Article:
The problem with using software to drive the reset lines is that as soon as reset is asserted, all the I/O pins go high impedance; the line may rise again before it has been held low long enough to reset everything.
I would have one of the microcontrollers(probably the '328p) reset the others via an I/O pin, then reset itself with a WDT reset.
Good point! And, how about this. Have the 328P reset the others, and, if the 328P also needs a reset, then, for instance, the ATTiny85 can, following it's own reset, issue a Reset to the 328P. How is that possible, you ask?
Let me explain:
There are a set of flags that can be used to determine what caused a particular Reset. In the 328P these flags reside in the MCUSR register and are as follows:
PORF: Power-on Reset Flag
BORF: Brown-out Reset Flag
EXTRF: External Reset Flag
WDRF: Watchdog [Timer] Reset Flag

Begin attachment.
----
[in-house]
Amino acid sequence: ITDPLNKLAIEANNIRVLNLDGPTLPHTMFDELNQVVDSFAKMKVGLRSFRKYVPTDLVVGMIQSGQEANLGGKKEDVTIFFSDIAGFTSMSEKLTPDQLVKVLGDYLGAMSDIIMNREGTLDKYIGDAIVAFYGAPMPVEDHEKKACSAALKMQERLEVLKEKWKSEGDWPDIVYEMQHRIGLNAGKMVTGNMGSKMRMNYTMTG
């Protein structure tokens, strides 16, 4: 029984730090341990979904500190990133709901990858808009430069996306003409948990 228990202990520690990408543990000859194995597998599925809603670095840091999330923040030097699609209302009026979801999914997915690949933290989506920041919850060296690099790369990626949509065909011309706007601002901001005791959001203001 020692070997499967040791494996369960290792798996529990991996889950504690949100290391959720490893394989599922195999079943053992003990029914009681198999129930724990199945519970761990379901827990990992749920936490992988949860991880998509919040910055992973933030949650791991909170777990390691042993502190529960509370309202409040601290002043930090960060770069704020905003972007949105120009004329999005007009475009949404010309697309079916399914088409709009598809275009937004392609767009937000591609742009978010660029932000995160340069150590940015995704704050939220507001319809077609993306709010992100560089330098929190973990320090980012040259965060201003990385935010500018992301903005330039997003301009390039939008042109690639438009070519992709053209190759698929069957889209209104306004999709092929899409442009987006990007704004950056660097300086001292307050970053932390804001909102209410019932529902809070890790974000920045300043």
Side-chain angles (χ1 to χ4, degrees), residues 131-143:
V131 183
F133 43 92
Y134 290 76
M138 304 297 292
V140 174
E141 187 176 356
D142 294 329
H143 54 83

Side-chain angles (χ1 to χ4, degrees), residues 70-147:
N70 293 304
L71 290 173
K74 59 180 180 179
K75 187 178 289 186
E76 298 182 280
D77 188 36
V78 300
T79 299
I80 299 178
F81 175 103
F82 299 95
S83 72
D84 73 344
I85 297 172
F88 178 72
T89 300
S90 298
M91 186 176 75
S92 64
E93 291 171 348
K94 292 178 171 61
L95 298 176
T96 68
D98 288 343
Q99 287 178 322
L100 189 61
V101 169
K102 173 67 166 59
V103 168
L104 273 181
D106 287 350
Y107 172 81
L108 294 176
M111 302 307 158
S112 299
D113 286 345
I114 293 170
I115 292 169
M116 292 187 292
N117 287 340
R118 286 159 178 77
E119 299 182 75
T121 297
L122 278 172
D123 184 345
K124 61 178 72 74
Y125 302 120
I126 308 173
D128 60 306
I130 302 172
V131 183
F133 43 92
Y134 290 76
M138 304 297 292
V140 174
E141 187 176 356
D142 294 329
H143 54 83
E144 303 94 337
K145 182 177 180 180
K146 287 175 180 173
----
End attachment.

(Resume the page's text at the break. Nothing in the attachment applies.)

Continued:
[I didn't look up the flags for the ATTiny or the ESP-12, so, don't know if such exists or how similar they are if they do, but I've never know an MCU to *not* have such flags]
So, assuming the ATTiny85 also has such flags, and for the sake of discussion, lets say they are the same [as they probably are], following the External Reset induced by the 328P, the ATTiny85, checks it's EXTRF flag, and if set, has a pretty good hankering it came from the 328P, so it clears it, and then issues an External Reset to the 328P, which also, following the Reset, checks it's EXTRF flag, and if set, is by-gosh sure the ATTiny85 was the instigator, so it goes on with whatever business should follow an external reset.
And, at anytime, the code in either MCUs, can also use the PORF flag to double check, and know it just Powered Up. In fact, probably a good idea to, during the initialization phase [called "Setup" in an Arduino Script"], check the PORF flag, and clear it if it's set. That way, you avoid possible ambiguity, down the road.
And, BTW: This solves the Reset timing issue, as the 328P can, programmatically, hold the Reset line low for however long it needs holding, for the Reset to properly register.
Note: Be sure, if you decide to implement this crazy scheme, to rewire that Reset line [the one that currently goes to ALL the Reset inputs].
Note 2: Of course, this is not the correct solution if all three of these MCUs need an exactly simultaneous Reset.